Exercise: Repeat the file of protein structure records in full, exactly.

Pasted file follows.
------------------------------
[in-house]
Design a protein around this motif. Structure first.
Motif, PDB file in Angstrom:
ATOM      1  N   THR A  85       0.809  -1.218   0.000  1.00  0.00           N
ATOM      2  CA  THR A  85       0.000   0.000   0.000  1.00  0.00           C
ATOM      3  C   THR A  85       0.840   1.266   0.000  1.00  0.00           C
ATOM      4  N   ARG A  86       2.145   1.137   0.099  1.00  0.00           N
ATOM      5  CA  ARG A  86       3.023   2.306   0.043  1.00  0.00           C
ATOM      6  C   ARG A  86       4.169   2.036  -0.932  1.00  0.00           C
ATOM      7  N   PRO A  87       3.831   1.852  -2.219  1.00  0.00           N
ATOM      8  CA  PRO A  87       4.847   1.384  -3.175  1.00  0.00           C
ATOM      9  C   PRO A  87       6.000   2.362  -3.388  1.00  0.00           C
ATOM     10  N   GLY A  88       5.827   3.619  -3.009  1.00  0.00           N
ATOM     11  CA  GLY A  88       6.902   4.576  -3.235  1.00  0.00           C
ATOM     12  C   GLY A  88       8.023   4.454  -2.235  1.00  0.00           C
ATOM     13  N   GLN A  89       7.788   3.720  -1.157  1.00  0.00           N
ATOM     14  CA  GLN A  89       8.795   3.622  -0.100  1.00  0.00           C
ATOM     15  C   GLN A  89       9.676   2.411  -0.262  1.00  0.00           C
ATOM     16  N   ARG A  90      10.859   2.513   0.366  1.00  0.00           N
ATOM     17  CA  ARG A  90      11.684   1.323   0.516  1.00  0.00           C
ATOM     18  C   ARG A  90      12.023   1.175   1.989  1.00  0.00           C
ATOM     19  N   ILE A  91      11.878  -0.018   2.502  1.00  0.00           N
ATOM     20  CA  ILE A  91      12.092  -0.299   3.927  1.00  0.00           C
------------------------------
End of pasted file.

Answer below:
[in-house]
Design a protein around this motif. Structure first.
Motif, PDB file in Angstrom:
ATOM      1  N   THR A  85       0.809  -1.218   0.000  1.00  0.00           N
ATOM      2  CA  THR A  85       0.000   0.000   0.000  1.00  0.00           C
ATOM      3  C   THR A  85       0.840   1.266   0.000  1.00  0.00           C
ATOM      4  N   ARG A  86       2.145   1.137   0.099  1.00  0.00           N
ATOM      5  CA  ARG A  86       3.023   2.306   0.043  1.00  0.00           C
ATOM      6  C   ARG A  86       4.169   2.036  -0.932  1.00  0.00           C
ATOM      7  N   PRO A  87       3.831   1.852  -2.219  1.00  0.00           N
ATOM      8  CA  PRO A  87       4.847   1.384  -3.175  1.00  0.00           C
ATOM      9  C   PRO A  87       6.000   2.362  -3.388  1.00  0.00           C
ATOM     10  N   GLY A  88       5.827   3.619  -3.009  1.00  0.00           N
ATOM     11  CA  GLY A  88       6.902   4.576  -3.235  1.00  0.00           C
ATOM     12  C   GLY A  88       8.023   4.454  -2.235  1.00  0.00           C
ATOM     13  N   GLN A  89       7.788   3.720  -1.157  1.00  0.00           N
ATOM     14  CA  GLN A  89       8.795   3.622  -0.100  1.00  0.00           C
ATOM     15  C   GLN A  89       9.676   2.411  -0.262  1.00  0.00           C
ATOM     16  N   ARG A  90      10.859   2.513   0.366  1.00  0.00           N
ATOM     17  CA  ARG A  90      11.684   1.323   0.516  1.00  0.00           C
ATOM     18  C   ARG A  90      12.023   1.175   1.989  1.00  0.00           C
ATOM     19  N   ILE A  91      11.878  -0.018   2.502  1.00  0.00           N
ATOM     20  CA  ILE A  91      12.092  -0.299   3.927  1.00  0.00           C